Describing the work of Cat Sims in XENOS: At the Edge of Life as “social commentary” seems a desperately inadequate term for such an undeniably potent piece of pure visual storytelling. Sims is one of our 2018 ‘Broken Frontier Six Small Press Creators to Watch‘ with XENOS already being named not just our ‘Comic of the Festival‘ when it debuted at this year’s ELCAF but also nominated in the ‘Best One-Shot’ category in this year’s Broken Frontier Awards.
XENOS is a study of an environment close to collapse; an ecosphere that has already teetered over the precipice of irrevocable disaster. It’s split into five sections that deal with different scenarios but with each superficially disaparate segment either segueing into or echoing those around them. From polluted, dystopian landscapes to ways of life lost by global warming; from the wider ramifications of an exploited labour force to the horrors of intensive meat production; through to the genesis of new and mutated diseases XENOS is an unrelenting and uncompromising account of our brutal, clinical and devastating exploitation of the natural world and its repercussions.
What makes this tour of overconsumption, toxification and blatant disregard all the more effective in delivery is that outside of chapter captions it’s told without words, with Sims conveying the severity of the situation through her bleak, stark imagery. Exposition is irrelevant because, perhaps ironically, we react to and understand Sims’s message on a far more instictive and visceral level. Contrasting the intricate realism of her work with nightmarish visual metaphor, and with recurring motifs tying the separate parts into an overarching whole, Sims also utilises a fluorescent yellow on her black and white pages (which photos really cannot do justice), further emphasising tone and the deleterious effect of humankind’s presence on the fragile natural systems surrounding it.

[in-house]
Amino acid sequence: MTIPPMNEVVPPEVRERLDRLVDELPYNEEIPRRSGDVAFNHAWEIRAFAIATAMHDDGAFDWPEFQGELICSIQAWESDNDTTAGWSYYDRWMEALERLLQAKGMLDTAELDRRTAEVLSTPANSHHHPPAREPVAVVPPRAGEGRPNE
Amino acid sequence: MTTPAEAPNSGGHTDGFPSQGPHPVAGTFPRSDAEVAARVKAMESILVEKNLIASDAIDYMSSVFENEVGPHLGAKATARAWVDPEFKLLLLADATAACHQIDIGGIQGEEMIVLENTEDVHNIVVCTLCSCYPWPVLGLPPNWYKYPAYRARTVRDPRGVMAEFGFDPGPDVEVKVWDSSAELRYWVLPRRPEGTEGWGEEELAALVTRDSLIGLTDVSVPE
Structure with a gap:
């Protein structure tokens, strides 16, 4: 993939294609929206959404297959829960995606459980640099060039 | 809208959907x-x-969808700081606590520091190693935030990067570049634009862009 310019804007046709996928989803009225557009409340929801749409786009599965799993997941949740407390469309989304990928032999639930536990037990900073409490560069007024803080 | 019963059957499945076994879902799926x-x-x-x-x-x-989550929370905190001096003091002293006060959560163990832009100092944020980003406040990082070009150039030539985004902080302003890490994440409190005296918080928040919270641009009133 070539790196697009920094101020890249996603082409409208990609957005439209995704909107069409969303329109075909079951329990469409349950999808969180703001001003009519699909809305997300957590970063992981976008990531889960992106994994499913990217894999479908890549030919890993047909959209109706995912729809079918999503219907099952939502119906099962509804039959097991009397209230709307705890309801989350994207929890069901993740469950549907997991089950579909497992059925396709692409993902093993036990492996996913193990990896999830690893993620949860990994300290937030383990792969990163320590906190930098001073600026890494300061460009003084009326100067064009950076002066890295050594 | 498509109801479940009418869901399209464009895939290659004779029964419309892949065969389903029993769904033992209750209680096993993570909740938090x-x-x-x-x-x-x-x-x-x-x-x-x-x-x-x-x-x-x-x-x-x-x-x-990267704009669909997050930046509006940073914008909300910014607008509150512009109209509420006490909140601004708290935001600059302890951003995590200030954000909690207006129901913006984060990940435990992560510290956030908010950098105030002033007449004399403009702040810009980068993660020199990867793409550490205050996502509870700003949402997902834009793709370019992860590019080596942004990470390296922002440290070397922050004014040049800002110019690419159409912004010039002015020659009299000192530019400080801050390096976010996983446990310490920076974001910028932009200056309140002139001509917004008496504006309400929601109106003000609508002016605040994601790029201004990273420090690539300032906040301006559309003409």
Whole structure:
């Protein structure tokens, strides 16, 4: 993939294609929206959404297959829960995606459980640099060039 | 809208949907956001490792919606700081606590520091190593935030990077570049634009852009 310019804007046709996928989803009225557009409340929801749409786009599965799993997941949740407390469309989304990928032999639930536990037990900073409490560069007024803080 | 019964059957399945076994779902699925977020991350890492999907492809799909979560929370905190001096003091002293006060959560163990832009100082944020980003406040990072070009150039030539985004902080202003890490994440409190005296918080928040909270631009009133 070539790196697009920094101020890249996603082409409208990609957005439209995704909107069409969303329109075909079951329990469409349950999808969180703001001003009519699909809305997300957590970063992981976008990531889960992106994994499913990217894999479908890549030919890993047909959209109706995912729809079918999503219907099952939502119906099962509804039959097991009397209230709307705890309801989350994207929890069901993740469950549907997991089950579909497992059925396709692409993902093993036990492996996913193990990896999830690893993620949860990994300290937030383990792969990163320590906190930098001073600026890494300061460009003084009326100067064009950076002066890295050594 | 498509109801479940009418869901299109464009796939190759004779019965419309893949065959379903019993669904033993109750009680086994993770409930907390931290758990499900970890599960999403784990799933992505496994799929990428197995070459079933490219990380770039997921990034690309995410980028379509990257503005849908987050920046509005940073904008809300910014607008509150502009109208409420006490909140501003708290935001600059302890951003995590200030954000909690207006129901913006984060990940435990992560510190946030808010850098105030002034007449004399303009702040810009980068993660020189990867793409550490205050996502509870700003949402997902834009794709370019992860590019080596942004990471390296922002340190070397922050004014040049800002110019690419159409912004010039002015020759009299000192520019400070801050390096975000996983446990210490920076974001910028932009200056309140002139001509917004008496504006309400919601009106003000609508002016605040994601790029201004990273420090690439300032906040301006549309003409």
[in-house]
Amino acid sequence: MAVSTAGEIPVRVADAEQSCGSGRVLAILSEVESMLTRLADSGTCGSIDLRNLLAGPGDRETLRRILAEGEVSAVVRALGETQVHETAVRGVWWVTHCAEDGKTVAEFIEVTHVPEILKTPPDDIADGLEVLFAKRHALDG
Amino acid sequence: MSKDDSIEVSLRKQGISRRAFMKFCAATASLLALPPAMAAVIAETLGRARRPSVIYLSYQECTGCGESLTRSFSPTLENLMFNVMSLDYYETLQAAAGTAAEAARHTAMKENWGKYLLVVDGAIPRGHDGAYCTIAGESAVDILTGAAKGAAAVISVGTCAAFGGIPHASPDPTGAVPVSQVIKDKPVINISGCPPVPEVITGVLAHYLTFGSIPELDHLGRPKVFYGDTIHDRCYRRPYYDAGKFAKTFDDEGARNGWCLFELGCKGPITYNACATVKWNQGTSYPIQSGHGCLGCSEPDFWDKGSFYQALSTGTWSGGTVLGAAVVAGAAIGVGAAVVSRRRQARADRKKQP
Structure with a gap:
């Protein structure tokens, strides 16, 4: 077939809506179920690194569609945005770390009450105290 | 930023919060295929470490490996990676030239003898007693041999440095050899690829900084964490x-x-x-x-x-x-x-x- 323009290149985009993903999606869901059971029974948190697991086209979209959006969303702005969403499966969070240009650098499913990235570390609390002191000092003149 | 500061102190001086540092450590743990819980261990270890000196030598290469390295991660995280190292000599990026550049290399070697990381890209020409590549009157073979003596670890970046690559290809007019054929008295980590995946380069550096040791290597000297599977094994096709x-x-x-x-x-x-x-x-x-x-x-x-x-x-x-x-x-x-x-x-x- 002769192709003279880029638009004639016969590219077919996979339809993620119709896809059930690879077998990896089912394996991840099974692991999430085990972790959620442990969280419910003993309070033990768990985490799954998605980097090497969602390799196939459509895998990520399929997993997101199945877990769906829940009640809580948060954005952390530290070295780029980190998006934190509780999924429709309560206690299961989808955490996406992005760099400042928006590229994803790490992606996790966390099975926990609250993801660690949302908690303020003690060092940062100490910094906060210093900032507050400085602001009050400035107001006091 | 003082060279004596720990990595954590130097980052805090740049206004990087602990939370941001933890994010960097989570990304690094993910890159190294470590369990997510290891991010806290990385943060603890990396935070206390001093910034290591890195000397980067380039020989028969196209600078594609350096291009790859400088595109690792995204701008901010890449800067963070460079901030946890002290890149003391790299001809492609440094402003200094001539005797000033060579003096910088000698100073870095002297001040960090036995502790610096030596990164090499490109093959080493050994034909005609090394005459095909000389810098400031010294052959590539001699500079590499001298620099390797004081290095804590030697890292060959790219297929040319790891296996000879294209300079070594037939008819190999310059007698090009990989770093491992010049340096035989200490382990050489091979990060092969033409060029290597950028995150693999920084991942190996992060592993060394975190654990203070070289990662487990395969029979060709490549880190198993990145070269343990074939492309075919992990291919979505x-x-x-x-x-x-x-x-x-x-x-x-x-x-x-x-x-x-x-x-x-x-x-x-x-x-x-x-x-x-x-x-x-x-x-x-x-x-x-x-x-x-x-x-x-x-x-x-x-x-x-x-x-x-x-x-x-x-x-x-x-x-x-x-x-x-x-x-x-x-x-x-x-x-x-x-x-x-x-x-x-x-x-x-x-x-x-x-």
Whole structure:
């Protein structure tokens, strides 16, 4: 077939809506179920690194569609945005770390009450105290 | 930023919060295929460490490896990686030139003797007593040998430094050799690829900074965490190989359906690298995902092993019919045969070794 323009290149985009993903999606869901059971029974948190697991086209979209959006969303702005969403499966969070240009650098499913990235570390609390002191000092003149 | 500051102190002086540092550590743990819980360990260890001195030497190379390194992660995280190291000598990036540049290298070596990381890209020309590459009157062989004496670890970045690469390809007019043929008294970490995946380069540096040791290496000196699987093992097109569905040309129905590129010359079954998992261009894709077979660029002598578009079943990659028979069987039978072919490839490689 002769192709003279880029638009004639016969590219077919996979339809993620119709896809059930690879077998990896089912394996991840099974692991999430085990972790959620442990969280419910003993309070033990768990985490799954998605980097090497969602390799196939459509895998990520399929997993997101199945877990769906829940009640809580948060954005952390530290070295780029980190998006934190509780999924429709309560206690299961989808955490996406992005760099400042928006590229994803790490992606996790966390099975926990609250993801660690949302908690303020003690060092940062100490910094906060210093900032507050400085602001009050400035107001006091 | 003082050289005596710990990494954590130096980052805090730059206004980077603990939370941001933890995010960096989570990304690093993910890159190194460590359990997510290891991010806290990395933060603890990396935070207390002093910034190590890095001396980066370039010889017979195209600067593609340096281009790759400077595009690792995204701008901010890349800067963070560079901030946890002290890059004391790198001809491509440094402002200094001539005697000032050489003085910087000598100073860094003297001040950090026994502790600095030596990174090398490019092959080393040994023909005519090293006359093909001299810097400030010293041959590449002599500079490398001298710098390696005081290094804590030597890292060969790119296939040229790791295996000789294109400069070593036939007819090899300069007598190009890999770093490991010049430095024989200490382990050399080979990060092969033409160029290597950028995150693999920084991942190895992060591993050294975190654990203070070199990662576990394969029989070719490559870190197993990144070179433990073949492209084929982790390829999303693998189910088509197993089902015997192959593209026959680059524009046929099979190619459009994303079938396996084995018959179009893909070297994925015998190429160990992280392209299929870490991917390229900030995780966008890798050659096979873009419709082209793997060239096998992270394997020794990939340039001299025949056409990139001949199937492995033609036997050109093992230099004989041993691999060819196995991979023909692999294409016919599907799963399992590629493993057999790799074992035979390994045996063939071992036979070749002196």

XENOS jumps through time zones, constantly playing with our notions of “between the panels” comprehension to give us a wider overview of the chronology of the challenges we face (and have created), and making full use of the carefully constructed contrasts and narrative parallels on show. It results in a finale that tramples any conceived borders between speculative and science fiction with a moment that feels both surprising and yet inevitable. It’s a comic, though, that also deftly underlines that nodding in quiet agreement as we journey through its pages is an insufficient reaction to its themes; that passive approbation without action is tantamount to complicity.
The depth of research here is obvious and in terms of narrative, visual craft and the striking effectiveness of its message it’s undoubtedly the strongest graphic narrative Sims has put out to date. XENOS actually feels ripe for expansion into a much longer-form and even more far-reaching story. A fitting way to round off our small press coverage this year because XENOS is one of the most powerful comics I’ve reviewed in 2018. In fact it’s one of the most powerful comics I’ve ever covered in ‘Small Pressganged’ and one that’s fully deserving of all its multiple mentions on the site over the last twelve months.
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Review by Andy Oliver